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Sometimes simple is best. This is an idea for a simple no cost gift that will delight the gardening recipient.
(Editor's Note: This article was originally published on December 15, 2009. Your comments are welcome, but please be aware that authors of previously published articles may not be able to respond to your questions.)
I am the world’s greatest collector of useless objects. When I see something that might be useful someday, I must have it. Until that someday, of course, it will remain useless.Take containers, for example.
I never have enough containers. Now I am not talking about containers for food or for storage, because I never know what it might eventually contain, but I do know I will find a use for it. Recently at a gathering I attended, I noticed a lovely green bottle sitting on the bar. I have no idea what it contained, I just knew I had to have it. I am not a drinker of alcoholic beverages, but during the entire gathering I was silently hoping that bottle would be empty by the time I left for home. It was, and with not a bit of embarrassment, I told the hostess I just had to relieve her of that empty bottle.
It came home with me, and became part of a gift for one of my gardening friends. I know she’ll love it as much as I do.
Gifts from our gardens can come in many forms. The one I am going to tell you about is so simple I am almost embarrassed to write about it. It has been well received when I have given it, and since it costs nothing to create, it is one of my favorite gifts to give. Let me tell you about my Charlie Brown Seed Tree.
If you are a Charlie Brown fan, you’ll know about his tree. It was by far the most pitiful tree in the history of Christmas trees, but to me it was lovely, and I reckon it was to Charlie, too, since he is the one who selected it as his own.
My tree branches are bare now, and some are strewn about my yard, so it is easy to find branches to use for this project. The only thing you really need is one that is gnarly and branchy. The other things you will need are your favorite seeds you want to share, a sheet or two of paper, an old gardening catalog, scissors, a kid’s glue stick, and some curly ribbon. It might help if you have a Christmas bow as well, since this gift won’t be wrapped.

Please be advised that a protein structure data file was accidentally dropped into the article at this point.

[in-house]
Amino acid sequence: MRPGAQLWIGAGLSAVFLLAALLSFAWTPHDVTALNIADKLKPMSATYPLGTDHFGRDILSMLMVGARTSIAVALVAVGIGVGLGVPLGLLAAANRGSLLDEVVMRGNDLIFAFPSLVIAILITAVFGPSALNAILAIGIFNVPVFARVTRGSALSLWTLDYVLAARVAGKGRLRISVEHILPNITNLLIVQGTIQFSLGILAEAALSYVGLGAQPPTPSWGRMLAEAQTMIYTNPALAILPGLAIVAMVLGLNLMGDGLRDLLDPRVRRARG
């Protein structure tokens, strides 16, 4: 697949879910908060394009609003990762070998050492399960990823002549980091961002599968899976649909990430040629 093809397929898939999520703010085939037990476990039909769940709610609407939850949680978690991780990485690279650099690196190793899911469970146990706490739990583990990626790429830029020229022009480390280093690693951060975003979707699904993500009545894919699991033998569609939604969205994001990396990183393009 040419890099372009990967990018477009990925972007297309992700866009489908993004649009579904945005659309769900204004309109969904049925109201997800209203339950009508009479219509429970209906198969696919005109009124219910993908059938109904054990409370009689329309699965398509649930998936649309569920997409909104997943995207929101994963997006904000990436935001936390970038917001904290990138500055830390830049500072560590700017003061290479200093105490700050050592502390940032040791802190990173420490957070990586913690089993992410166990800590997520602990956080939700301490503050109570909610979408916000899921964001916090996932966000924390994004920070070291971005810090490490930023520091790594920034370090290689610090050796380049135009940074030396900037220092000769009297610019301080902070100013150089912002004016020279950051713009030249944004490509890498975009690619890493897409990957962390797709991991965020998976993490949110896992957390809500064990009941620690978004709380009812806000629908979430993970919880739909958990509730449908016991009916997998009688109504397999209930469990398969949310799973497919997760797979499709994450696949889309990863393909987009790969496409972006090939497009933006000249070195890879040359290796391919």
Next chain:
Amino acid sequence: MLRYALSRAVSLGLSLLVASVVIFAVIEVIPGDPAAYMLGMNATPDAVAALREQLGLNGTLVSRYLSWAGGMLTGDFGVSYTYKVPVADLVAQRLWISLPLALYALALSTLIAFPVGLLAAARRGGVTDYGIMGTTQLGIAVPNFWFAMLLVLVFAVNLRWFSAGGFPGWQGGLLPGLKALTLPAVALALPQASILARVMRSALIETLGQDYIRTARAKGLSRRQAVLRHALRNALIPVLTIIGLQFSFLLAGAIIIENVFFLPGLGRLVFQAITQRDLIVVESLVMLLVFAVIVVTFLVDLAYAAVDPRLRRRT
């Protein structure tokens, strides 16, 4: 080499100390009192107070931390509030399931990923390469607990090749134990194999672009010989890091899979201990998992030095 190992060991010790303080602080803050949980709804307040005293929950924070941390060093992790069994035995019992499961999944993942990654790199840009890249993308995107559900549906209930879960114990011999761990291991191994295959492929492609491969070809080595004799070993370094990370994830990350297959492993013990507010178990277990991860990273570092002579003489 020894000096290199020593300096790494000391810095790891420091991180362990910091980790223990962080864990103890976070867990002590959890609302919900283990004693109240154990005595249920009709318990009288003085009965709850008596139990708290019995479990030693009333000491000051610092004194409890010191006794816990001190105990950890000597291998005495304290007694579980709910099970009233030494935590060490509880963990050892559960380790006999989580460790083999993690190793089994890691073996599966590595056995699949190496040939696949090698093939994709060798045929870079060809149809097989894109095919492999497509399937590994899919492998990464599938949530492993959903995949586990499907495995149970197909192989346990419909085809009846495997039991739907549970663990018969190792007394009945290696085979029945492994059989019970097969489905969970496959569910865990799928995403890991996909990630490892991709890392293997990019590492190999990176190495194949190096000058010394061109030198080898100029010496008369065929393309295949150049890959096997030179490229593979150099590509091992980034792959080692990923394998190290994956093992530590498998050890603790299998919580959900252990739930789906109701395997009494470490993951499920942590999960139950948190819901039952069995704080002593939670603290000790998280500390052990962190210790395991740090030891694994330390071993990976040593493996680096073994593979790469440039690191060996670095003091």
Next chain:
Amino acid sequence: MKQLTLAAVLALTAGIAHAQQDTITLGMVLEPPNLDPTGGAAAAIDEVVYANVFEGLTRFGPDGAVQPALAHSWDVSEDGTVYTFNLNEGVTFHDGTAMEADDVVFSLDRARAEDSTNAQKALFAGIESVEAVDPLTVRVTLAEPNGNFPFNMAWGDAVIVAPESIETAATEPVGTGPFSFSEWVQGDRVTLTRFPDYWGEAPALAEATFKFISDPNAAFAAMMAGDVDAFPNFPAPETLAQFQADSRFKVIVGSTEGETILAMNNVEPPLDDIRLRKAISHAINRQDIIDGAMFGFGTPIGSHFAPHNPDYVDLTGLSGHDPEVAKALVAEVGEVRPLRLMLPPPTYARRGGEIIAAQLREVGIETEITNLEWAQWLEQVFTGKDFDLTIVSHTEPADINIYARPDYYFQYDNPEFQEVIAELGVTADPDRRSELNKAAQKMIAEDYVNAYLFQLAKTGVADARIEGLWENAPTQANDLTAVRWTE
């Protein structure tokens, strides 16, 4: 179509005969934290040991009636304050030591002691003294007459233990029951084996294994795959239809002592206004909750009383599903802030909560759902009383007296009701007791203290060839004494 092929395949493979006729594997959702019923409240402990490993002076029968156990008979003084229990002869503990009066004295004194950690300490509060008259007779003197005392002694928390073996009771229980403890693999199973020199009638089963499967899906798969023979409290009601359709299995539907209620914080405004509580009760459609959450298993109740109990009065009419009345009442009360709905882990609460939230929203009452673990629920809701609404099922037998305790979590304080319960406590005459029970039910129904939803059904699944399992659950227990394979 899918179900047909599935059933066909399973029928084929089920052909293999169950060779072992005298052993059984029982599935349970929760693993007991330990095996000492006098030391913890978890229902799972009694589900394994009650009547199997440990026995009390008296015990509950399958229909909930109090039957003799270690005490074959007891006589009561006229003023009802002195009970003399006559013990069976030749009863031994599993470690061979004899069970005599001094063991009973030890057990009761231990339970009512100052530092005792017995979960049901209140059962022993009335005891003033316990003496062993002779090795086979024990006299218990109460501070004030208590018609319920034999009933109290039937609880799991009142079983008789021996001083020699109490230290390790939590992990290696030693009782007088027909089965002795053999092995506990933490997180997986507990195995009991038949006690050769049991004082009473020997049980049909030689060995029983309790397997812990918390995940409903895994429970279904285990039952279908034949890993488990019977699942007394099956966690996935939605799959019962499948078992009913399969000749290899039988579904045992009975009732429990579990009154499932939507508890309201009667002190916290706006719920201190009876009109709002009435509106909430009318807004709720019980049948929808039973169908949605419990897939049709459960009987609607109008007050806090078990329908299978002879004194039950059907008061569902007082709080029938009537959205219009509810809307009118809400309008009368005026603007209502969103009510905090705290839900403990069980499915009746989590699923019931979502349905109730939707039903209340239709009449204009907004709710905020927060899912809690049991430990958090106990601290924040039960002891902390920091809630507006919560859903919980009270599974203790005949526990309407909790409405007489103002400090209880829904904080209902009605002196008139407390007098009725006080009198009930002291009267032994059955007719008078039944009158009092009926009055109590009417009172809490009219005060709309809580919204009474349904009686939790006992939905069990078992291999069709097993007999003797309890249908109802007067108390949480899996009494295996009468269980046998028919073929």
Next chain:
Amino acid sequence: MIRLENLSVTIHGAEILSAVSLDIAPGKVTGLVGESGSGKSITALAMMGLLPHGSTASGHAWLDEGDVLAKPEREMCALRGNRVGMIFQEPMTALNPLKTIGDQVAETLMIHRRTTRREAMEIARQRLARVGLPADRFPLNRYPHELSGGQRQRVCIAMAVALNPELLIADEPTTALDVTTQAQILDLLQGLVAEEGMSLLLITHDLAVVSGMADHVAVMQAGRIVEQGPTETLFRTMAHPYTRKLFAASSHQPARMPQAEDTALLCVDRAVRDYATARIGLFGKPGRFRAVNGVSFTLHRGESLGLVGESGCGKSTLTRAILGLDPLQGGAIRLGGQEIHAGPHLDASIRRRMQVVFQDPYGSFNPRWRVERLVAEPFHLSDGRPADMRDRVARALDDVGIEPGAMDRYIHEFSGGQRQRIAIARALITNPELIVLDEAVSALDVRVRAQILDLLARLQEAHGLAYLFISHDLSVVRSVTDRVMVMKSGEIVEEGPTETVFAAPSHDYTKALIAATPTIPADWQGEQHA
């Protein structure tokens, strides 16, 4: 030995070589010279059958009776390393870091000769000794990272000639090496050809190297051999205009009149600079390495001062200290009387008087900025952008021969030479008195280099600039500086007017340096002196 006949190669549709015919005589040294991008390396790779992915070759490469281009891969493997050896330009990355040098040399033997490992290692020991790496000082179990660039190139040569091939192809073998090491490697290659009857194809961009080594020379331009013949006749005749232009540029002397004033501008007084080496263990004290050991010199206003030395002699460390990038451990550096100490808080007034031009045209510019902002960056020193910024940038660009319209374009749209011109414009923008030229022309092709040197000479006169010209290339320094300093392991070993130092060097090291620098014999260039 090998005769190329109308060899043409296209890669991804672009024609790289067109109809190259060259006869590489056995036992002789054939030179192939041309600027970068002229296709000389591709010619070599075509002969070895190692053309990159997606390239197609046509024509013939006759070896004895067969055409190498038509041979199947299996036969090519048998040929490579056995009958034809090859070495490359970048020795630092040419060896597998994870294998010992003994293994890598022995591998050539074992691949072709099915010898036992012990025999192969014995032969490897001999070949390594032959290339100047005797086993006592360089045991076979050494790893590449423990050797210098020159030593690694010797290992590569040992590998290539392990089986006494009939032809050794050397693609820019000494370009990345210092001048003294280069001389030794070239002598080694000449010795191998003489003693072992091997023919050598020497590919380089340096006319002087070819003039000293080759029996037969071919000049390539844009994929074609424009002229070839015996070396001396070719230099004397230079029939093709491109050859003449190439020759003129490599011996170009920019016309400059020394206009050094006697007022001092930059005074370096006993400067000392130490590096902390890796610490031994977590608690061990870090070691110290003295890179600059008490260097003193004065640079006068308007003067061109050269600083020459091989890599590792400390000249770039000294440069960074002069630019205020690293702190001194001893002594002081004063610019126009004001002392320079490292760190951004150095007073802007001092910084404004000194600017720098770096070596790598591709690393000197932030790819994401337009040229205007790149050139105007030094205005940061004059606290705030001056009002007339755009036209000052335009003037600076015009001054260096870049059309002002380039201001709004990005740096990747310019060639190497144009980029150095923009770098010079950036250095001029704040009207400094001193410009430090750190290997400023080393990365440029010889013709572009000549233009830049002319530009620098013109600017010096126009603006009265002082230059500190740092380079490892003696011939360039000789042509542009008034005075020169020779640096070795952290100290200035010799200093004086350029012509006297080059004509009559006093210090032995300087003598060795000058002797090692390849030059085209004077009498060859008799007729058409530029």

Most of us have made small envelopes in which we save seeds from one season to the next, and that’s what you will do with the sheets of paper. If you have small purchased envelopes, use them. I won’t bother to give you directions to make an envelope, most of you can make your own by just looking at one, so let’s assume you have as many envelopes as you have kinds of seeds.
Look in the old seed catalogs for colorful pictures of the seeds you plan to give as gifts, cut out those pictures in a size that will fit on the front of the envelope, then glue it on with the glue stick. Beneath the picture, I write the botanical name of the plant as well as its common name, and on the back of the envelope I write simple directions: Sun, Ht. 24”, Bloomtime: spring. That tells the receiver of the seeds all that is necessary for that particular plant, assuming he/she is already a gardener. If your purpose is to encourage her to become a gardener, then you might need to include more specific directions.